For as long as she can remember, Amirah Salaam ’06 has been fascinated with the political process. Growing up in New Jersey and Virginia, she dreamed of one day working on Capitol Hill. Today, she is living that dream as a lobbyist in Washington, D.C.
During her time at the Moritz College of Law, Kathryn Mayer ’13 became involved in the Alternative Dispute Resolution Program—a decision that would ultimately have a huge impact on the direction her career would take after graduation.
Brigette Burnell ’02 found a role that suited her varied background and aligned her professional and personal goals as general counsel and corporate secretary for The Gorman-Rupp Company.
Kyra Fleming ’92 envisioned changes in the energy markets would create opportunities in an industry with a long history of stability. Two decades later as vice president and general counsel of DTE Energy, Fleming sees first-hand how vibrant and complex the industry is today.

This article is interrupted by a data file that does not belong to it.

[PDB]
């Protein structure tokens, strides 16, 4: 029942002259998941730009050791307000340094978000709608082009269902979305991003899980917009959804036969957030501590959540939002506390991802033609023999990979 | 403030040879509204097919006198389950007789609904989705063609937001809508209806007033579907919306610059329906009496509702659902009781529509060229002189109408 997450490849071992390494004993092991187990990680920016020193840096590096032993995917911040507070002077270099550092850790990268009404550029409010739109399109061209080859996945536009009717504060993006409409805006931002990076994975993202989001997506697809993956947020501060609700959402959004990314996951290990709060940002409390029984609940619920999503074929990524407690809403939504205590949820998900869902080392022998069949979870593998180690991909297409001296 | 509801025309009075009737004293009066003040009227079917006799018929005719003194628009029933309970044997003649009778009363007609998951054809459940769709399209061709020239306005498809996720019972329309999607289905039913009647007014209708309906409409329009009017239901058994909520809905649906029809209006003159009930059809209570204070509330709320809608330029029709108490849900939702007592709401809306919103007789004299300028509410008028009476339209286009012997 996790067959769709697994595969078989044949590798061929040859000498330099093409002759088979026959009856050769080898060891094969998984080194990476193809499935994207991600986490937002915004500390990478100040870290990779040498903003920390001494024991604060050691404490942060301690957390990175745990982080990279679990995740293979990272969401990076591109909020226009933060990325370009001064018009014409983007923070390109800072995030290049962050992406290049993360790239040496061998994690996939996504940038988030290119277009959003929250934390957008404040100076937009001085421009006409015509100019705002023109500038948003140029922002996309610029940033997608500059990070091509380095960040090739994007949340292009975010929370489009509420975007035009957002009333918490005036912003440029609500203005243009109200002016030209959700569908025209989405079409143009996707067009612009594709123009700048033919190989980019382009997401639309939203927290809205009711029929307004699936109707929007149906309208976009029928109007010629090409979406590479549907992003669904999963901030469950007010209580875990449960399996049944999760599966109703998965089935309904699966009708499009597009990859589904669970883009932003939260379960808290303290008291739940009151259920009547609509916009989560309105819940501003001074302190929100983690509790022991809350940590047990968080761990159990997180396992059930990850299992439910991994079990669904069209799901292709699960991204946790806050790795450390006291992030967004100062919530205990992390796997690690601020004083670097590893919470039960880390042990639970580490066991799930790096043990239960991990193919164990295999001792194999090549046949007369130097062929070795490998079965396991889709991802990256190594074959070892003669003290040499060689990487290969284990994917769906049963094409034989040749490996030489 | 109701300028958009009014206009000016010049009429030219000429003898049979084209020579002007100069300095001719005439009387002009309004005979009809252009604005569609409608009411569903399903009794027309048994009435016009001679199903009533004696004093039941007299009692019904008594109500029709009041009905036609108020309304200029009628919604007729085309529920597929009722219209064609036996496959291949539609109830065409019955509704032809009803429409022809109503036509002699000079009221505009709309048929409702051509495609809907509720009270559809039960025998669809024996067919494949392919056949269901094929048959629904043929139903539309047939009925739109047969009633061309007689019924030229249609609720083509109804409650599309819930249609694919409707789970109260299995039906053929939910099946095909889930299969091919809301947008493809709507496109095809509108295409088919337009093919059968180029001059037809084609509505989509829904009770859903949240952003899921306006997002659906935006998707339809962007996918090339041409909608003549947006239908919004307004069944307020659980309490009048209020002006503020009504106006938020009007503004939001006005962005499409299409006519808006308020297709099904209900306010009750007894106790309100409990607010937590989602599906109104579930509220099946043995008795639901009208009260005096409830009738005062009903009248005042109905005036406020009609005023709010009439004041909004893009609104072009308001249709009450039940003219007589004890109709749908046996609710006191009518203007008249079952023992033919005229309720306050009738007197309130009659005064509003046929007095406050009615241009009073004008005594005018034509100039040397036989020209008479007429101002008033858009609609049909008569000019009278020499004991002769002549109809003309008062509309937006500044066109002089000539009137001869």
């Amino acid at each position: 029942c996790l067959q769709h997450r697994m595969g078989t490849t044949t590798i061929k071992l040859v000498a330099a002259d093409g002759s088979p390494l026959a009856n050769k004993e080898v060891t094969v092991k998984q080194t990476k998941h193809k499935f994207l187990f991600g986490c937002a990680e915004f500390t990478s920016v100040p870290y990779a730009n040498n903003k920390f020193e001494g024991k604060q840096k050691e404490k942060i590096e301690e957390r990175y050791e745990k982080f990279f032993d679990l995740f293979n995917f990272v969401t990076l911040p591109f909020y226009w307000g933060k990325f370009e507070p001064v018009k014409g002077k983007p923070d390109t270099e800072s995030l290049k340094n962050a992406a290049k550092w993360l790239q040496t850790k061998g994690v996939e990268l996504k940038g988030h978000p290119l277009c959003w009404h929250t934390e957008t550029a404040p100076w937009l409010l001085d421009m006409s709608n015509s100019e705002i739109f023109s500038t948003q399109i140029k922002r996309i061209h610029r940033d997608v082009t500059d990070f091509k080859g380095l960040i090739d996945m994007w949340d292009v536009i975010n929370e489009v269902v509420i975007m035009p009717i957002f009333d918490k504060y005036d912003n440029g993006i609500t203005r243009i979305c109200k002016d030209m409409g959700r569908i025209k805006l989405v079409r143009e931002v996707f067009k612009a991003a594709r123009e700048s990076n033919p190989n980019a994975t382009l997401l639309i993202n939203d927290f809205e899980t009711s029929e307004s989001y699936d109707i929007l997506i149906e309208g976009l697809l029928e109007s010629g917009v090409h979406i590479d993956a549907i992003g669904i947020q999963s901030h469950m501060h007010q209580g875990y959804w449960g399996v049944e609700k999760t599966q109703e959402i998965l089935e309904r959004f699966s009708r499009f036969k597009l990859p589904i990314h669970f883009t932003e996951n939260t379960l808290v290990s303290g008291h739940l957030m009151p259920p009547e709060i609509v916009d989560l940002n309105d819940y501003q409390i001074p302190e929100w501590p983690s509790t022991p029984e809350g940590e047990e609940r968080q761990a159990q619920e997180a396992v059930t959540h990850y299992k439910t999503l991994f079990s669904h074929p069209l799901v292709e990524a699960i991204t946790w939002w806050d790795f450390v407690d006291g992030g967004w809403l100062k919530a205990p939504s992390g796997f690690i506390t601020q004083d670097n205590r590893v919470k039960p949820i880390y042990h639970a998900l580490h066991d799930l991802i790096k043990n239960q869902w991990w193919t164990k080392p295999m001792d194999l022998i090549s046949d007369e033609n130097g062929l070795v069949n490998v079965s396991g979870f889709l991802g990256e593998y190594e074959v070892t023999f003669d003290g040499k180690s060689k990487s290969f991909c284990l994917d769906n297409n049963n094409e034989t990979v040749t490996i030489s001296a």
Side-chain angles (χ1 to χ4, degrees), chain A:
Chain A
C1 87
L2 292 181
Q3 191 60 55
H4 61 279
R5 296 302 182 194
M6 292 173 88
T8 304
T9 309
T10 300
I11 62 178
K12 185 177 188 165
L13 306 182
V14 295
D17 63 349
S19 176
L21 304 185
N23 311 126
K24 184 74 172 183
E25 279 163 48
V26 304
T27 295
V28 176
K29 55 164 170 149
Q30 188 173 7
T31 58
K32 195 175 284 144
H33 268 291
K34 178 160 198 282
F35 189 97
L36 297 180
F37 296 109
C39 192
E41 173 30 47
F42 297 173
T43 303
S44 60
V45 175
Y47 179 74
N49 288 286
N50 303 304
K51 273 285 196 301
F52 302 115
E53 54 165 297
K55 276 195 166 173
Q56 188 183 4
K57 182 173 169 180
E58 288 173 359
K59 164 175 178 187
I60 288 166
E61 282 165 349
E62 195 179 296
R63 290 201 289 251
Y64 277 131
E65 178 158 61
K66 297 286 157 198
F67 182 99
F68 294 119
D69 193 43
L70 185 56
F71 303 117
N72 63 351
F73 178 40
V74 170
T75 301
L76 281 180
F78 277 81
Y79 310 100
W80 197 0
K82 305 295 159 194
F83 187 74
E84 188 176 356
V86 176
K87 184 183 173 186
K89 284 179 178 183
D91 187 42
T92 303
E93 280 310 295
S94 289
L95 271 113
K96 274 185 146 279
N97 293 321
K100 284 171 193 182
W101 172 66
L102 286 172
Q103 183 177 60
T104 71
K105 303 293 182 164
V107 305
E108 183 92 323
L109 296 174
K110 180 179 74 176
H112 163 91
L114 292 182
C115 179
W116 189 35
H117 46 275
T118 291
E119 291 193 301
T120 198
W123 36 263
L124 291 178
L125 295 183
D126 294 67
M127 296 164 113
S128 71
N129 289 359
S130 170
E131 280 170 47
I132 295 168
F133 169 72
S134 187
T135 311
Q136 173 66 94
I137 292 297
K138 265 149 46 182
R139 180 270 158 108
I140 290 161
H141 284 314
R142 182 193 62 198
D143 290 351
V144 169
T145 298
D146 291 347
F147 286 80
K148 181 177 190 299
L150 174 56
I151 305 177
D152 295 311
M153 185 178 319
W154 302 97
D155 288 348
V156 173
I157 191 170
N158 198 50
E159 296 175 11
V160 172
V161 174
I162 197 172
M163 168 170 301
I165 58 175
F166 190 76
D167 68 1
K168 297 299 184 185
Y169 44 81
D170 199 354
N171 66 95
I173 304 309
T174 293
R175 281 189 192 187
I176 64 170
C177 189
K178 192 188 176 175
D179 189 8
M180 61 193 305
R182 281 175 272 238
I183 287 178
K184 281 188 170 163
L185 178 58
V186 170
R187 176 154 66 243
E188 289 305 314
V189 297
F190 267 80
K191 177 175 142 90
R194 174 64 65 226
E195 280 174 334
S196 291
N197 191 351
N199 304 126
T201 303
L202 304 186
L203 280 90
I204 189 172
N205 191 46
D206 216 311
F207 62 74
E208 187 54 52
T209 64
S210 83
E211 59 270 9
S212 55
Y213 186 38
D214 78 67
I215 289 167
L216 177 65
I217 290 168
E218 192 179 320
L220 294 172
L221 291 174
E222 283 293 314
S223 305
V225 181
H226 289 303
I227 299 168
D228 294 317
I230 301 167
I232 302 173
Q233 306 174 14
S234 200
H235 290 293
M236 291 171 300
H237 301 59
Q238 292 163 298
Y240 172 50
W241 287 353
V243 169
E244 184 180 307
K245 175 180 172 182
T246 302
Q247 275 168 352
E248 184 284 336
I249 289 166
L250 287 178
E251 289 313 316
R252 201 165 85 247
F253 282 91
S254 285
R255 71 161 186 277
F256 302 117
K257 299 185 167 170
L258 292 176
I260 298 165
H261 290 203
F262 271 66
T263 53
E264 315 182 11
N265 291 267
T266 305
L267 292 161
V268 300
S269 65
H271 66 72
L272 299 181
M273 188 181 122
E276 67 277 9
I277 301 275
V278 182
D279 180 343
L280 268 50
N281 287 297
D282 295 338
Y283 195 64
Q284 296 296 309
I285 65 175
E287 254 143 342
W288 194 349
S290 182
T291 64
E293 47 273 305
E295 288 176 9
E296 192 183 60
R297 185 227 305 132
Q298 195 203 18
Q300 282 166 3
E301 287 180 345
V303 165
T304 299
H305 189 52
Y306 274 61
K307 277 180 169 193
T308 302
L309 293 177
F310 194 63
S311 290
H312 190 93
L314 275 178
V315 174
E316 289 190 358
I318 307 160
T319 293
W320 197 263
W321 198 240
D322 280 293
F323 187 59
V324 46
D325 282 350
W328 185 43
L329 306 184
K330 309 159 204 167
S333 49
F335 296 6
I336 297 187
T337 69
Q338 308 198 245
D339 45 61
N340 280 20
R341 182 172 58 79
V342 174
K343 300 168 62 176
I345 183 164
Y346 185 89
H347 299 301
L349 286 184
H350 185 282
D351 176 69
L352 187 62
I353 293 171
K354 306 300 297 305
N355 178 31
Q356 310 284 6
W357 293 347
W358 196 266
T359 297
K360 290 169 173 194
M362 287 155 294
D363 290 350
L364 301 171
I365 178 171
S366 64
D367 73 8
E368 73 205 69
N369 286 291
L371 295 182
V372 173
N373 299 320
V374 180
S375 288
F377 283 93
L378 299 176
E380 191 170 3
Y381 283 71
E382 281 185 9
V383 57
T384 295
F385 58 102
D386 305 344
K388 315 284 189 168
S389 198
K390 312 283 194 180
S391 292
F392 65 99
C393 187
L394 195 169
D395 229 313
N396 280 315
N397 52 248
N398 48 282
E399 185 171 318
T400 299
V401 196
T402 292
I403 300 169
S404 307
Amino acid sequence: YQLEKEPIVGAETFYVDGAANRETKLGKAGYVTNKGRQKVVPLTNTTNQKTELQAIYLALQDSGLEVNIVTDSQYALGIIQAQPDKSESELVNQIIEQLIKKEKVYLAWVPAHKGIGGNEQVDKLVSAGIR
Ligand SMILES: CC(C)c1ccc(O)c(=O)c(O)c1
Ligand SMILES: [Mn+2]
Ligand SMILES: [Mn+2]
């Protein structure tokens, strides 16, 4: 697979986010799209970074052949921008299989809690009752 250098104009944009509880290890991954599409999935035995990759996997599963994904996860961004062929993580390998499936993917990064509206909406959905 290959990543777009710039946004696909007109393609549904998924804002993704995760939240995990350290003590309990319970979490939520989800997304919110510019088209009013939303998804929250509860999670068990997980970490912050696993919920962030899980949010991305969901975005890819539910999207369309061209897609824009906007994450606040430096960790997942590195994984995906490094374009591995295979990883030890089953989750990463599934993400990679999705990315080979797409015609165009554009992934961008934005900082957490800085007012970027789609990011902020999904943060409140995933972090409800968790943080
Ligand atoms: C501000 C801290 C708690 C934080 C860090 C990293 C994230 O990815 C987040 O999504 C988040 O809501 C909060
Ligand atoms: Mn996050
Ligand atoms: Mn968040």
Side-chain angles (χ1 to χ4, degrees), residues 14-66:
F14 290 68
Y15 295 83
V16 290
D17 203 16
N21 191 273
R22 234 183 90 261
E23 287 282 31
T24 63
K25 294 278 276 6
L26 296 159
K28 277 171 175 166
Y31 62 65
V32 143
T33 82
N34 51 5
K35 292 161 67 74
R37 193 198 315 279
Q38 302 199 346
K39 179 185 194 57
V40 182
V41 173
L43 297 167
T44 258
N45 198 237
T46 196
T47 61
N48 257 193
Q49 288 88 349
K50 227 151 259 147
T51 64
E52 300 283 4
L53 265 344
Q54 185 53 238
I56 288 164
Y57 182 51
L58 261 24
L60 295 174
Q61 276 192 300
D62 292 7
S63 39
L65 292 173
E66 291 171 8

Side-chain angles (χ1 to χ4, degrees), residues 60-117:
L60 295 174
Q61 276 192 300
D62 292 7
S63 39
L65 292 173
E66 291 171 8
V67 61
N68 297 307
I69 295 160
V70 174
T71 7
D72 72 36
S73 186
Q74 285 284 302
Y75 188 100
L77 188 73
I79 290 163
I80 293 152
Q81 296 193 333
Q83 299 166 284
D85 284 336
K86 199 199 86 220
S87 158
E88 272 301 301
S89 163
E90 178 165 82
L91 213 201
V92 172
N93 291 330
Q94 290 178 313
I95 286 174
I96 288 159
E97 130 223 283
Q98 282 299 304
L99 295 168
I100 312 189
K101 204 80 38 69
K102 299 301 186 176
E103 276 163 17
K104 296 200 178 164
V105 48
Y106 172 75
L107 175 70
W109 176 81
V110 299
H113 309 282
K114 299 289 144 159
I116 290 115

Accomplishing two career goals in the first decade of your career is a considerable feat. Maureen Frangopoulos ’09 conquered her childhood dream of becoming a trial lawyer, before setting her sights on a new position as an in-house counsel at Uber.
As legislative director for the National Urban League’s finance and housing division, Kyle R. Williams ’07 works to help change and influence policy to give disadvantaged people living in urban areas better access to financial services and products.
Kent Wellington ’91 works to make life better for women living with breast cancer.
Faculty and alumni discuss the importance and success of the Mentoring and More @ Moritz program on its 10th anniversary.
Erin Wright Lothson ’08 is the intellectual property senior corporate counsel for Groupon. In her position she has done more than just carve out a niche for herself, she’s now mentoring the next generation of leaders working to drive the company forward.
Alumni discuss why they decided to give to the Ohio Scholarship Challenge, which doubles the impact of scholarship gifts through a university match on the payout.
Law school prepares students for careers in all aspects of the law, but one thing that nothing can prepare someone for is how to work under the glare of the national news media’s spotlight. Just ask Carrie Kuruc ’04, an elections counsel in the office of the Ohio Secretary of State.
Just six years after graduation, Alejandro Cortes ’05 took on one of the biggest challenges a young lawyer can face – representing the City of Cleveland in matters involving police, fire, E.M.S, and homeland security forces as an assistant director of law.